When the drame was developed that word, although it came to be used freely in the nineteenth century, wasn’t in general use, so, bearing in mind that most drames tended to have happy endings, authors saw no difficulty with using the term comédie even for plays that weren’t comic. Le Philosophe sans le savoir certainly makes good use of comic elements, but, interestingly, they tend to be confined to the more minor figures, and, the snobbish sister and the main character’s naïve daughter apart, to the lower-class characters.

BB. Is there a didactic element too?

DC. It had long been a tenet of French theatre that the aim should be to please and instruct (plaire et instruire), and the didactic element was a significant part of Diderot’s vision for the drame. Sedaine set out with Le Philosophe sans le savoir to restore to the term philosophe the respectability which had been compromised by Palissot’s play, and, although the only appearance of the word in his text is in the title, that is apparent throughout. Still, part of Sedaine’s gift is to keep any didactic speeches relatively short, so that he generally avoids the sanctimoniousness that can be found in other plays in the genre.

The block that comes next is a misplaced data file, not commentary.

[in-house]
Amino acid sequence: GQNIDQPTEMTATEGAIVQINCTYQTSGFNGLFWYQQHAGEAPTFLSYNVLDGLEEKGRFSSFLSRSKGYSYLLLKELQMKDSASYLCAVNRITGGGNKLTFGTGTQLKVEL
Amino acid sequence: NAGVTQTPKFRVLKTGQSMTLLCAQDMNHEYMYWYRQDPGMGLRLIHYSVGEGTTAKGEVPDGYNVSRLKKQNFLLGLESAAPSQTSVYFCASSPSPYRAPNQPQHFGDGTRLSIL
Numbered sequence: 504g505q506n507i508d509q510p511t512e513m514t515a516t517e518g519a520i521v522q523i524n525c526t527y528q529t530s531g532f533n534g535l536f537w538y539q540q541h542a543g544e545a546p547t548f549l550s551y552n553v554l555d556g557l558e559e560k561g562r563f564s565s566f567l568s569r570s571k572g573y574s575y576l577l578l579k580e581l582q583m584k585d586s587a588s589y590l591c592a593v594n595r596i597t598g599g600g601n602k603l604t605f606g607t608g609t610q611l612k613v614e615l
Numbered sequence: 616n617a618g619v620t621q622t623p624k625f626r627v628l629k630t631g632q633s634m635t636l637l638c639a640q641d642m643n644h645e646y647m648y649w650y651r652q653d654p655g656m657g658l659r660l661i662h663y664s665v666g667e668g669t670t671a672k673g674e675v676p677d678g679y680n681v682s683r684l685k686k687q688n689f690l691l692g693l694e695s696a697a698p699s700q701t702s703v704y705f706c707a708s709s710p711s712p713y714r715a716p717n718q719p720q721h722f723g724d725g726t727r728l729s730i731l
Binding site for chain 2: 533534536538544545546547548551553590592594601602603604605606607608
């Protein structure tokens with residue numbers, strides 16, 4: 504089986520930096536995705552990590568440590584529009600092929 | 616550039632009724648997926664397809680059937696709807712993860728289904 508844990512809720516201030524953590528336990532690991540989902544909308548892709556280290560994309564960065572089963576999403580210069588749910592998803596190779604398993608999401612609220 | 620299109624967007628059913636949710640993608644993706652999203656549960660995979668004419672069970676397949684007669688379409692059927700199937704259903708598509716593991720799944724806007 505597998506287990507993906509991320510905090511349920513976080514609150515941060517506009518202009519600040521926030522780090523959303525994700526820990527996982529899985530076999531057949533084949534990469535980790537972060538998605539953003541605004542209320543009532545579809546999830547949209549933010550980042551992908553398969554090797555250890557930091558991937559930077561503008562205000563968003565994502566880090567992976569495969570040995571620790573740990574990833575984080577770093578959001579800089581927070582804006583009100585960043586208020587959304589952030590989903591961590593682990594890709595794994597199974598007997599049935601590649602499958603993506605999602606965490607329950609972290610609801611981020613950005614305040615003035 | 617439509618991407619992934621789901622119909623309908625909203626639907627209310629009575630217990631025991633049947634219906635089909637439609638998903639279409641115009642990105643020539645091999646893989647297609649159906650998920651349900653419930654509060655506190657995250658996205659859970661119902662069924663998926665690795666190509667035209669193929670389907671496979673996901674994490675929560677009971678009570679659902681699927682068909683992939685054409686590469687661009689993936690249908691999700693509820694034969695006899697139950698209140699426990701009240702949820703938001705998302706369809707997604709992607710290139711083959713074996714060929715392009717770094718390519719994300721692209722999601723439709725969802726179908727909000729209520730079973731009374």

Derek Connon

BB. What was the most challenging aspect of this project from a translator’s perspective?

DC. A key challenge was to try to reproduce the naturalness of the dialogue. In some scenes in particular, it’s easy to end up sounding preachy. One of Diderot’s theatrical ideas that was adopted by his followers, who included not only Sedaine but also Beaumarchais, was that people in an emotional state, rather than speaking in ever more poetic verse, as they did in classical drama, became incoherent, so there are lots of exclamatory words and incomplete phrases. Sometimes the differences in French and English grammar made it difficult to translate an incomplete phrase in such a way that the meaning was clear, but it remained incomplete. But all of those exclamations could often sound stilted in English, so it tended to be a bit of a judgment call deciding whether to leave them out or change the exclamation for a slightly different one. Still, having got into the rhythm of this exclamatory style, there were odd occasions when I found myself adding one, to help give the necessary emphasis to the English.